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President`s power to grant clemency should not be questioned: Centre to SC

PTI | Last Updated: Monday, April 28, 2014 - 20:27

New Delhi: The Centre on Monday told the Supreme Court that courts should not inquire into a decision of the President to grant pardon to a convicted person, saying the power of the head of the executive is beyond the pale of question.

"The power to grant clemency is an attribute of sovereignty. The court ought not to inquire into the merits of the exercise of the prerogative," the government said in its affidavit filed in the apex court.

The response was filed in compliance with the apex court`s order which had on November 18 issued a notice to it on a PIL challenging former President Pratibha Patil`s decision to commute death sentence of five condemned prisoners in child rape cases.

"The manner of consideration of a mercy petition lies within the discretion and prerogative of the President of India. The court in the exercise of its judicial powers must give due deference to the decision of another Constitutional authority. It is submitted that the exercise of power by the President is beyond the pale of question," it said.

It said in case of a decision being rendered in favour of or against the convict, the courts in exercise of the powers of judicial review ought not to nullify the decision of another Constitutional authority.
"If the courts are to nullify the effect of President`s order after such a decision is taken by him, it would amount to sitting in appeal over the decision of the President and substituting it with a judicial decision, which could never be the intention of Constitutional makers," it said.

The apex court had in November last year agreed to hear the PIL, filed by journalist Pinki Virani, questioning the then President`s decision to commute the death penalty in the cases of extreme brutality.

She had contended that out of 35 cases in which death sentence was commuted by Patil, five cases are pertaining to brutal child rape and submitted the relief should not have been granted by the President in those cases.

Questioning the decision taken by the President, the petitioner submitted these are shocking cases and death sentence should not have been revoked.

The petitioner had contended these convicts are a menace to society and if they are out on short-term parole they will be an immediate threat to the people.
"The five convicts are guilty of gruesome and socially abhorrent crimes and therefore do not deserve Presidential pardon. The death sentence awarded by this court to the convicts is required to be re-instituted by this court by exercising its power of judicial review of the decision taken by the President under Article 72 of the Constitution," the petition had said.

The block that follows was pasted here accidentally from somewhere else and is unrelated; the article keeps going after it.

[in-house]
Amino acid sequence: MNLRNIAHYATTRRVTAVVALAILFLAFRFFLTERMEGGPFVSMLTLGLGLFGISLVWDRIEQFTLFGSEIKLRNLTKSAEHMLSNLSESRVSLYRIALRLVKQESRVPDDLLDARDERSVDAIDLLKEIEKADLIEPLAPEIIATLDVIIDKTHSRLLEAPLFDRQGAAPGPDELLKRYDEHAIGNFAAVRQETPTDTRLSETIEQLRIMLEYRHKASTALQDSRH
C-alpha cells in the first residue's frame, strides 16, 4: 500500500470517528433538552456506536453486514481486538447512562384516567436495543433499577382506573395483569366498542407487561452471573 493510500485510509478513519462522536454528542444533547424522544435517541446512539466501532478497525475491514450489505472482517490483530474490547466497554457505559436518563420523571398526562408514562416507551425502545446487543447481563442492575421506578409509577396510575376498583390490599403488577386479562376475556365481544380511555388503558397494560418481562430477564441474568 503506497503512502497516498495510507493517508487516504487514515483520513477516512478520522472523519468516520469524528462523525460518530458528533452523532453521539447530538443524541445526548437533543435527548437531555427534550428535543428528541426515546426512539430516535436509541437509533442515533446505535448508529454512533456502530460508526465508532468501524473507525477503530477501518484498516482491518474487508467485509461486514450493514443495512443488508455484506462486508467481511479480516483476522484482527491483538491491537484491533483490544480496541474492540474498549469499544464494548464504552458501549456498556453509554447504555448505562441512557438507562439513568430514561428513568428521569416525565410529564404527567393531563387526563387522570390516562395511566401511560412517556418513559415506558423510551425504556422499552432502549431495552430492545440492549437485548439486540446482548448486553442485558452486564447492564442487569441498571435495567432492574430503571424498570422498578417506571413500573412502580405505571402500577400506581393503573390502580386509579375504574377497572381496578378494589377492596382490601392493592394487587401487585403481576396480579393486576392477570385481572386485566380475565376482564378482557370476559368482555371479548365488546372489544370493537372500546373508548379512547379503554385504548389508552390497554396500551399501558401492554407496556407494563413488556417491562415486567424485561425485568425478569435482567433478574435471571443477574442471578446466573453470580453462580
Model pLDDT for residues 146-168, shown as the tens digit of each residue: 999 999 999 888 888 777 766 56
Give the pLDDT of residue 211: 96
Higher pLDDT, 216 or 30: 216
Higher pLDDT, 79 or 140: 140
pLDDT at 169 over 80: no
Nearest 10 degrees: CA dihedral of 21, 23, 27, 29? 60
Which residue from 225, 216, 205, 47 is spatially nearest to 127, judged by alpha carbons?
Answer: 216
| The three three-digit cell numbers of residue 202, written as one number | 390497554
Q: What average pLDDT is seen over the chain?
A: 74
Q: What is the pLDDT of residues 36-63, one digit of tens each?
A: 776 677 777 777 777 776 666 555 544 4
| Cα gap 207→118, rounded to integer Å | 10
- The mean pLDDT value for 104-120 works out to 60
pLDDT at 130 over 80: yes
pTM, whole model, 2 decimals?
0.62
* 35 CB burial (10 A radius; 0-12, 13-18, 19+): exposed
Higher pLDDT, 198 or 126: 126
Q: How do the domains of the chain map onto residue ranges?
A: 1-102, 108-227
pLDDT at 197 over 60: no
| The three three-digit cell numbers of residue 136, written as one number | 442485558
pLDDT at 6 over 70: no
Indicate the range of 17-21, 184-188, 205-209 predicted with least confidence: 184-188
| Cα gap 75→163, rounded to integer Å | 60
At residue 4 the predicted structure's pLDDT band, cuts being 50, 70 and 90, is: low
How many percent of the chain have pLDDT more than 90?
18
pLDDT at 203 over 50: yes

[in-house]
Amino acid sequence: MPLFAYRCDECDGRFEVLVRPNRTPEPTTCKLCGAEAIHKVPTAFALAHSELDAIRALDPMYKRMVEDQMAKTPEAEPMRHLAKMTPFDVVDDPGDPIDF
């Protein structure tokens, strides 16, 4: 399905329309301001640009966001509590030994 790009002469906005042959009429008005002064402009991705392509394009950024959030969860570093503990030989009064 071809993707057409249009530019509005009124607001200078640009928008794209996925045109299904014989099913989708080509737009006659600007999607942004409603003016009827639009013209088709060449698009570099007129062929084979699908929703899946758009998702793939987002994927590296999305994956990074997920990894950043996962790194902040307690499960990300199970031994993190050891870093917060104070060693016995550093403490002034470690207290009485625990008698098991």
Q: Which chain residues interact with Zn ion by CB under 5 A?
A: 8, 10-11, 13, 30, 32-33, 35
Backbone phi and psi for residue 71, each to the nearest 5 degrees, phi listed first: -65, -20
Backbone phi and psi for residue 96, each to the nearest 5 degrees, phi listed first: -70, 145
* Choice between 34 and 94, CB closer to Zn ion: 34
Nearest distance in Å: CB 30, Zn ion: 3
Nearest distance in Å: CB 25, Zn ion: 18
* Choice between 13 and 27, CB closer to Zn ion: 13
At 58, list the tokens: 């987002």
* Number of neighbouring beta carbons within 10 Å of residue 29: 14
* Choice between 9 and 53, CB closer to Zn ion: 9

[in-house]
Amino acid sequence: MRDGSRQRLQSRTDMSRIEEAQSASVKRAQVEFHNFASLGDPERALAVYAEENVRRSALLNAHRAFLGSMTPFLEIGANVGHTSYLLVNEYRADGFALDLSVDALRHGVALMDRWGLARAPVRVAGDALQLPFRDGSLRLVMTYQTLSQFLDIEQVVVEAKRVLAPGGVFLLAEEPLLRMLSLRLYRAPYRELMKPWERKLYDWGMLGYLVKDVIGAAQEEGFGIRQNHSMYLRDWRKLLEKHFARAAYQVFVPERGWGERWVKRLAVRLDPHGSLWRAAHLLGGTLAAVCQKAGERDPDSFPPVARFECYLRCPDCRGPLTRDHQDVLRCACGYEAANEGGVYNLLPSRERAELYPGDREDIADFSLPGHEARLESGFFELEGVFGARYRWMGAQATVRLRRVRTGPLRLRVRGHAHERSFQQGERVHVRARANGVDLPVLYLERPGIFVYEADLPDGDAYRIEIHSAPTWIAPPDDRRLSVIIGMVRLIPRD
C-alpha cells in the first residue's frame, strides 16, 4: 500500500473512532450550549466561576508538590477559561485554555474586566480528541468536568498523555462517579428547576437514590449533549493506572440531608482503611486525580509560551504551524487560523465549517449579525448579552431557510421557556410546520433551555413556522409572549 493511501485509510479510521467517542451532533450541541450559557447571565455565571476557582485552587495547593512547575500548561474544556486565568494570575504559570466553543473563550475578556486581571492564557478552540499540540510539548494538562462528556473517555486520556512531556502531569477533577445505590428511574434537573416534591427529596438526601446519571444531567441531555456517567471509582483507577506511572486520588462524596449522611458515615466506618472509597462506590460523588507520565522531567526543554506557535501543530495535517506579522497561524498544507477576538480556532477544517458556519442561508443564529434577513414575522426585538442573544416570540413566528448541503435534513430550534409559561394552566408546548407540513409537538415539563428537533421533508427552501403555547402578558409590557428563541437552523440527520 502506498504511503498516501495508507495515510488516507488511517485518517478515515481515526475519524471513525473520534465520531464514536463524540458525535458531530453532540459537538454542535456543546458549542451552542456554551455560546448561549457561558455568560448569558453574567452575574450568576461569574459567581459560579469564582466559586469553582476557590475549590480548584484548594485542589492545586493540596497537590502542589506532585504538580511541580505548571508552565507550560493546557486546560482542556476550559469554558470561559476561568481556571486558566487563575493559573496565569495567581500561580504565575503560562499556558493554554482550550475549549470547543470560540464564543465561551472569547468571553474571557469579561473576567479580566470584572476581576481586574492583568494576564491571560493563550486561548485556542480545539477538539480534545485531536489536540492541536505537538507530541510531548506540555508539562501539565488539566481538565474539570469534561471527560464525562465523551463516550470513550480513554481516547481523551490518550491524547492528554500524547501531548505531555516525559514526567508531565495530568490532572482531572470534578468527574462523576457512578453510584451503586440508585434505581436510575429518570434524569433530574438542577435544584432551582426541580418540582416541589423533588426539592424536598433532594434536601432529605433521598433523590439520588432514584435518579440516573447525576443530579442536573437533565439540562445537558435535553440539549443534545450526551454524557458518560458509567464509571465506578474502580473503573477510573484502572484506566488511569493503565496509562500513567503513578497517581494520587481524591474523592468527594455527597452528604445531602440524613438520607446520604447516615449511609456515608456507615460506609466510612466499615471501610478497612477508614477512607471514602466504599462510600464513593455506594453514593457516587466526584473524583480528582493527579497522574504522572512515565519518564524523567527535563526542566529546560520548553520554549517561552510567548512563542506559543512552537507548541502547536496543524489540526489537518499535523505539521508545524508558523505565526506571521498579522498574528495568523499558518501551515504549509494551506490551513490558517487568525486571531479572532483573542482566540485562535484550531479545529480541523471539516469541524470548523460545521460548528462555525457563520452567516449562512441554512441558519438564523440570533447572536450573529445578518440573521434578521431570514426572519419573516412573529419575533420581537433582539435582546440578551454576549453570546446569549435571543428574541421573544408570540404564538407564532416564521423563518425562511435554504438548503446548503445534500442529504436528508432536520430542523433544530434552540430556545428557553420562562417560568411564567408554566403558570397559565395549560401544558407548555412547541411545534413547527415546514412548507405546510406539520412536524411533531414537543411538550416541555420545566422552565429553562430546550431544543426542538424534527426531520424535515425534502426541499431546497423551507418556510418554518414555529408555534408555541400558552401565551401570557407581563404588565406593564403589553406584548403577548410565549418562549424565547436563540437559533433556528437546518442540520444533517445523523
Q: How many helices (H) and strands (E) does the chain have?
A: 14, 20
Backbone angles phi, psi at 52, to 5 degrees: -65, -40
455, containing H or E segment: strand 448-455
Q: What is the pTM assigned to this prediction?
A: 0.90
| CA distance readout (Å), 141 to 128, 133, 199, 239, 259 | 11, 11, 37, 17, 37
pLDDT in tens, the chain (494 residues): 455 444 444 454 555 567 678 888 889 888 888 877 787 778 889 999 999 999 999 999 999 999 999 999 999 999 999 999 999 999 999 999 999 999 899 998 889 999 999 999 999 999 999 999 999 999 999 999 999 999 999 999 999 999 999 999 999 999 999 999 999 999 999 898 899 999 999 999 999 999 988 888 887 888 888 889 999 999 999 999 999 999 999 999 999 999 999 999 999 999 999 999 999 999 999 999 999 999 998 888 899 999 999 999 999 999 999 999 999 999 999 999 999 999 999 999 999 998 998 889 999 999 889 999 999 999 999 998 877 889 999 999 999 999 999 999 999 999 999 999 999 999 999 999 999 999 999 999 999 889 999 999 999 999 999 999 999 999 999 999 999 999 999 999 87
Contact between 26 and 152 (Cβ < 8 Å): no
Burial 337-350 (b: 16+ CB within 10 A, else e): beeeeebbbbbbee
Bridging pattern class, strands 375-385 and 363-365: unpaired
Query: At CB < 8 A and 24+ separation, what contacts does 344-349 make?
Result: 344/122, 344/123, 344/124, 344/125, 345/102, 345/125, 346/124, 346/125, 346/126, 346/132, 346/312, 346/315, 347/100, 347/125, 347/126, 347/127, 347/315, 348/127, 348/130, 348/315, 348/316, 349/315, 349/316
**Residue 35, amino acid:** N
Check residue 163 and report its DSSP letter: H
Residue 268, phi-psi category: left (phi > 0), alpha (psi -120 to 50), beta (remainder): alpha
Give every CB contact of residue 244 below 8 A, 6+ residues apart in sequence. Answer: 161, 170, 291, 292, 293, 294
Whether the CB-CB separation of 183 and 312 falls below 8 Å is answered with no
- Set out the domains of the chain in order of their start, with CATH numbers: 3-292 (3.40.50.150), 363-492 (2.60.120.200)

She pleaded these cases were glaring examples of how routinely the files were forwarded by state governments and Ministry of Home Affairs (MHA) for proposed pardon to the President without application of mind.

In one case, condemned prisoners Molai, who was a guard in the Central Jail, and Santosh, a prisoner undergoing sentence, had raped assistant jailor`s 16-year-old daughter Naveen. They killed her and dumped her body in the jail`s septic tank.

In 1997, the trial court granted life imprisonment but it was enhanced to death sentence by the High Court and the punishment was confirmed by the Supreme Court in 1999. In 2011, Pratibha Patil commuted the death sentence.

In another case, convict Satish had raped a 6-year-old
girl who was on her way to school. The next morning, the body of the victim was found.

Satish was awarded death sentence by a trial court in 2002, which was upheld by the apex court but it was commutted by the President in 2012.

In the third case, convict Bantu took a five-year-old girl from a religious ceremony to a field and raped her. He tortured her in the most barbaric manner and the child died of profuse bleeding.

Bantu was awarded death sentence in 2005, which was upheld by the high court in 2006 and by the apex court in 2008. But in 2012, his sentence was commuted by the President in 2012.

In the fourth case, convict Sushil Murmu chopped off the head of a nine-year-old as a religious sacrifice. Medical confirmation could not be conducted for sexual violation of the child as the accused dumped the severed head in a gunny bag and threw it in a pond.

Murmu was awarded death penalty by trial court in 2002 and it was upheld by the High Court and the Supreme Court in 2003. His death sentence was commuted by the President in 2012.

First Published: Monday, April 28, 2014 - 20:27
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